Saturday, March 04, 2006

Literature for the Sub-Literate


It seems that anywhere between 7-12 million readers in the UK struggle with sub-literacy and consequently never pick up a book.

Enter Quick Reads, a new series of books launched in the UK on World Book Day, and aimed at those marginal readers. The price is low at £2.99 (aboutRM20), the print large, the language plain and the covers bright and tempting. And all the books have been specially commissioned from established writers. The first batch includes works by Ruth Rendell, Minette Walters, Richard Branson. More titles will be added in May. Boyd Tonkin in the Independent welcomes the intiative, but likes some ot the titles much better than others.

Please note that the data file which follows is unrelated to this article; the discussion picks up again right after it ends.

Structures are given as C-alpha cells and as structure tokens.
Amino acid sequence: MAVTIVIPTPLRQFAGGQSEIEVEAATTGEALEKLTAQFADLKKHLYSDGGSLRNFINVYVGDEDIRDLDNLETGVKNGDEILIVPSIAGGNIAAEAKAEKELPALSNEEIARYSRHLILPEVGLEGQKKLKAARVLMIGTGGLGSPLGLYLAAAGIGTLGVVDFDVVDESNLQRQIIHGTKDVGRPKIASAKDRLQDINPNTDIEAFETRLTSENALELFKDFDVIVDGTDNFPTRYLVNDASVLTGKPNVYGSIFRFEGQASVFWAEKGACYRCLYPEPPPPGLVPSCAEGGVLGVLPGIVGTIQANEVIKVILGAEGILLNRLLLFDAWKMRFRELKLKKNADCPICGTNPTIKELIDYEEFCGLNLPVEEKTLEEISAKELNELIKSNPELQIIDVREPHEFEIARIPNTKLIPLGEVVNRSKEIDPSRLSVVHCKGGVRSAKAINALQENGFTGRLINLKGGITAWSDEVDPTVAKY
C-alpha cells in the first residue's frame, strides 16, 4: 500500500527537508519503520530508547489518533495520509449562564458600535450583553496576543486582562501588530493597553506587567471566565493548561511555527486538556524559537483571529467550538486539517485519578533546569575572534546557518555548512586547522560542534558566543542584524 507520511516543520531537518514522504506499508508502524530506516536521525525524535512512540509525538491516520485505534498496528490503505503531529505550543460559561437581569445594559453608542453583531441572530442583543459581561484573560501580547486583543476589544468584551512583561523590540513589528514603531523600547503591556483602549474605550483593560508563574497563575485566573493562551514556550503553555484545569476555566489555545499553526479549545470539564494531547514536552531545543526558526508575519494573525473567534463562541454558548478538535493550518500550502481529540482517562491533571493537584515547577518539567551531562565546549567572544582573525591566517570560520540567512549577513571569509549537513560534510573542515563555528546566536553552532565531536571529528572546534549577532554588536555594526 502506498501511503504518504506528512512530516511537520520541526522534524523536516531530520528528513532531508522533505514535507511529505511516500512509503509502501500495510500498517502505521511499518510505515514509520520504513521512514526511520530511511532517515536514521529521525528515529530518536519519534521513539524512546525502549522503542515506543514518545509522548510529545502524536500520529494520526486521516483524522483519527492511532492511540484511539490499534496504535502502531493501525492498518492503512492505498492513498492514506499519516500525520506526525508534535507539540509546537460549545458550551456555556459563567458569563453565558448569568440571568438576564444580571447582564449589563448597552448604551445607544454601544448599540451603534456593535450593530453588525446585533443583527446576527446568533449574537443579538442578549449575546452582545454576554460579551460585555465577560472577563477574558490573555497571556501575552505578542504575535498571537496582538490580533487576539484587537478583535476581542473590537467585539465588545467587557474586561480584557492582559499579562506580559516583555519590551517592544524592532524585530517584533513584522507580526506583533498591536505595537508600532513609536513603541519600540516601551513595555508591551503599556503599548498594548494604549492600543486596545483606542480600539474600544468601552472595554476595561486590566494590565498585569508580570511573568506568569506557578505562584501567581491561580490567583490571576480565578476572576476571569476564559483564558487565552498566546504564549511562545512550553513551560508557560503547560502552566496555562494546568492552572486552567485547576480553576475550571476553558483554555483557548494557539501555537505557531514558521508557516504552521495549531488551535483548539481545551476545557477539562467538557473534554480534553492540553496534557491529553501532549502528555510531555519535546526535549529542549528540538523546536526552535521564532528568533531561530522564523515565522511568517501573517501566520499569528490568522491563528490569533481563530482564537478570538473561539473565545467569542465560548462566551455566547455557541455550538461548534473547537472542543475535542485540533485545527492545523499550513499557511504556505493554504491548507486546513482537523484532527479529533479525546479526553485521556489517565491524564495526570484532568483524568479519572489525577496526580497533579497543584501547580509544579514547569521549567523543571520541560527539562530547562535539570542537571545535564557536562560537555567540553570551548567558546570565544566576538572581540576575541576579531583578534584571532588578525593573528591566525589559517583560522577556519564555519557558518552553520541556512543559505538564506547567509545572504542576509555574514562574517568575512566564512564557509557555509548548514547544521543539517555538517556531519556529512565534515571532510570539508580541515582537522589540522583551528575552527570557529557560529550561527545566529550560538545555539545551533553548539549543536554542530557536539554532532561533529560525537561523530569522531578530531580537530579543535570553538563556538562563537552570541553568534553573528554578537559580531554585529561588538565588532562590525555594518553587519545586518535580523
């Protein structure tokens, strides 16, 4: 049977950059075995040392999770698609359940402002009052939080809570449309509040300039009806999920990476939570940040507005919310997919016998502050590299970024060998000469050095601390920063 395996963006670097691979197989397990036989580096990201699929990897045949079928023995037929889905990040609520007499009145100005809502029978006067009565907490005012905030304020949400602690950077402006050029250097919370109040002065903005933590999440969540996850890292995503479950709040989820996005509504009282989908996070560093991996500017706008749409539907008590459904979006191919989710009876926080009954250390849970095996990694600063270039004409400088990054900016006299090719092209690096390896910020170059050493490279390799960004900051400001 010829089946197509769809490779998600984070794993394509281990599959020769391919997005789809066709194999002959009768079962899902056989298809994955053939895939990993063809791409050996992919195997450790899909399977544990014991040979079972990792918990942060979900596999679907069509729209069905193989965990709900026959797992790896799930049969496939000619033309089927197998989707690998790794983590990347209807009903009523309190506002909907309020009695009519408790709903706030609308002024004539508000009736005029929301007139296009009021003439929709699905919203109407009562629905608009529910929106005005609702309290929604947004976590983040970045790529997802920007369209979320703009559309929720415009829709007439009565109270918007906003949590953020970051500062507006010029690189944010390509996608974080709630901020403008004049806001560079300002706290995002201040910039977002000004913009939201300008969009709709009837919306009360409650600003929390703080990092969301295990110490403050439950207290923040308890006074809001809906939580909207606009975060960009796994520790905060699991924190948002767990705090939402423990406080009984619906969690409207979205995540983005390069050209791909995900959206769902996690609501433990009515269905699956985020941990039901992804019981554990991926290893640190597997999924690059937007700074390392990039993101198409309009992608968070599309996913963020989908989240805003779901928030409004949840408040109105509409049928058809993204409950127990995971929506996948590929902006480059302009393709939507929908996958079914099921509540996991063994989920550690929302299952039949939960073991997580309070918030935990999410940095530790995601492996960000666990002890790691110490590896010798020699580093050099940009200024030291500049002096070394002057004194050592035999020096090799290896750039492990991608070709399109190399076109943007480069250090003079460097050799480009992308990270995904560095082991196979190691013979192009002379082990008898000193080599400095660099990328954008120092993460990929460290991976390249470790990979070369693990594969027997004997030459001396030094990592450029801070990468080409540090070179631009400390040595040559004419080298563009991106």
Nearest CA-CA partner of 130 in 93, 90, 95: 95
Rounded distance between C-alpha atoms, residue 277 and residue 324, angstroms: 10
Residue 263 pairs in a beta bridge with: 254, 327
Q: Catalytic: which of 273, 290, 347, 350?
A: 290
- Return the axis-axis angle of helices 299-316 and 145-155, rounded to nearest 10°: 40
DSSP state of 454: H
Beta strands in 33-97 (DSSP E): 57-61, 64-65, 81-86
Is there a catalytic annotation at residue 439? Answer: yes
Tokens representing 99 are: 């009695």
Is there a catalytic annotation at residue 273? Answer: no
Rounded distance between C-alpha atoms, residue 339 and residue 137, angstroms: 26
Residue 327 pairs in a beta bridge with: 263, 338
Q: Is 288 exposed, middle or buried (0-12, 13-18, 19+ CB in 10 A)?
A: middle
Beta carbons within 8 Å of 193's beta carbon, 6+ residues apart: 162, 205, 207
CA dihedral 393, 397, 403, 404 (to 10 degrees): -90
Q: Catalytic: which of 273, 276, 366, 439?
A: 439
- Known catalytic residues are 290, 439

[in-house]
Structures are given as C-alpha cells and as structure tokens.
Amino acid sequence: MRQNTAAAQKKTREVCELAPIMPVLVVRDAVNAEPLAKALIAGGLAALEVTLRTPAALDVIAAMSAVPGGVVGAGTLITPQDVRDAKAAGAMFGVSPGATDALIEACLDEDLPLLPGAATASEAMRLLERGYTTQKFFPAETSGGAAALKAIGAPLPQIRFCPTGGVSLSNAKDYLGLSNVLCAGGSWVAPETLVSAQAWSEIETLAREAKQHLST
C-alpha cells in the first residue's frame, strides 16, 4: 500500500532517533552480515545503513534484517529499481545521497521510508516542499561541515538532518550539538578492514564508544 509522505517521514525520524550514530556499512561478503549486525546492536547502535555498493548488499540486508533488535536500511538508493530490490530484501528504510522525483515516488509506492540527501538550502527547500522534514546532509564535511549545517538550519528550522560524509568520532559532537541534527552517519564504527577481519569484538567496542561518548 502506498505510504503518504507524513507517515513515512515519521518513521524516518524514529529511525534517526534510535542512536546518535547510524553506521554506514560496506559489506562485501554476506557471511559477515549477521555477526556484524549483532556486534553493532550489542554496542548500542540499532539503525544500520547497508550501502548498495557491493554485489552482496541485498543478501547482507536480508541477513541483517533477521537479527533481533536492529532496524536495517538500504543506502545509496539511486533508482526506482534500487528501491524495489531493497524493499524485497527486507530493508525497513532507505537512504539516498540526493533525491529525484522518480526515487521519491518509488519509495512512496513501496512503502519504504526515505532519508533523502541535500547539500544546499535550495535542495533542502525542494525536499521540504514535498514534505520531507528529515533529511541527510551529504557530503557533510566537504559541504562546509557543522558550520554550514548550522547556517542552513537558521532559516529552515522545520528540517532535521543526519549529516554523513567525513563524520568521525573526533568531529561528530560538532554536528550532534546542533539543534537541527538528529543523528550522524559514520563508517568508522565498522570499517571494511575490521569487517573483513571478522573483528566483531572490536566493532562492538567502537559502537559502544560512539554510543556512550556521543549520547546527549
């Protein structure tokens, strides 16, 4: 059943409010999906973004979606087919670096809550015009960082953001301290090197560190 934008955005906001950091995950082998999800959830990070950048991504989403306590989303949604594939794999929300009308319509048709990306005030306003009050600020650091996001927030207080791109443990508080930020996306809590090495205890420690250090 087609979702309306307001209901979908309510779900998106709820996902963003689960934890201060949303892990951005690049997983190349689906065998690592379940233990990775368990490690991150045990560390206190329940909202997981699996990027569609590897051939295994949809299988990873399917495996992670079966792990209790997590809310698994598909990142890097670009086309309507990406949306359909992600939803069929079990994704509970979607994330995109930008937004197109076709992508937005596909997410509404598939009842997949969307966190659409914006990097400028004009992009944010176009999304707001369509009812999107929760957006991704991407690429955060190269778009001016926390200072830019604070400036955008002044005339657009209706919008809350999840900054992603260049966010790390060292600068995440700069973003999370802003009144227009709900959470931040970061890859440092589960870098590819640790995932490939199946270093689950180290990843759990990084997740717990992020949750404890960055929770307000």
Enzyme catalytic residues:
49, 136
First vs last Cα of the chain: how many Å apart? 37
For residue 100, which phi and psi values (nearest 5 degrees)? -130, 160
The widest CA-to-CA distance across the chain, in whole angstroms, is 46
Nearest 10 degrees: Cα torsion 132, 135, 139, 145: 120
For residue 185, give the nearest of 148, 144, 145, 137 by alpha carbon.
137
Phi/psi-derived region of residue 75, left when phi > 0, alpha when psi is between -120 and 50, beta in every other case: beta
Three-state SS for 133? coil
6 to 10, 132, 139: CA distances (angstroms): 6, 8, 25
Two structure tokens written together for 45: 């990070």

Quick Reads are not only good for emergent readers, they're good for the book trade, tapping into a market thus far completely untapped. If there's a low profit margin on Quick Reads, booksellers will be more than compensated by return customers who've suddenly discovered the power of the book.

And of course, there should be a lesson in here for booksellers and all those with a stake in adult literacy here in Malaysia where the greatest need is to grow a readership is given much lip service to, but no-one seems quite sure what to do about it in practical terms. If such a high proportion of native speakers struggle to read in their first language, what more of many Malaysians for whom English is a second?

13 comments:

Walker said...

£2.99 might sound cheap but isn't it a little expensive to appeal to the kind of person who rarely reads. If anything, the price needs to be more on par with a Dover Thrift Edition (0.75p) than a CD single or a DVD rental.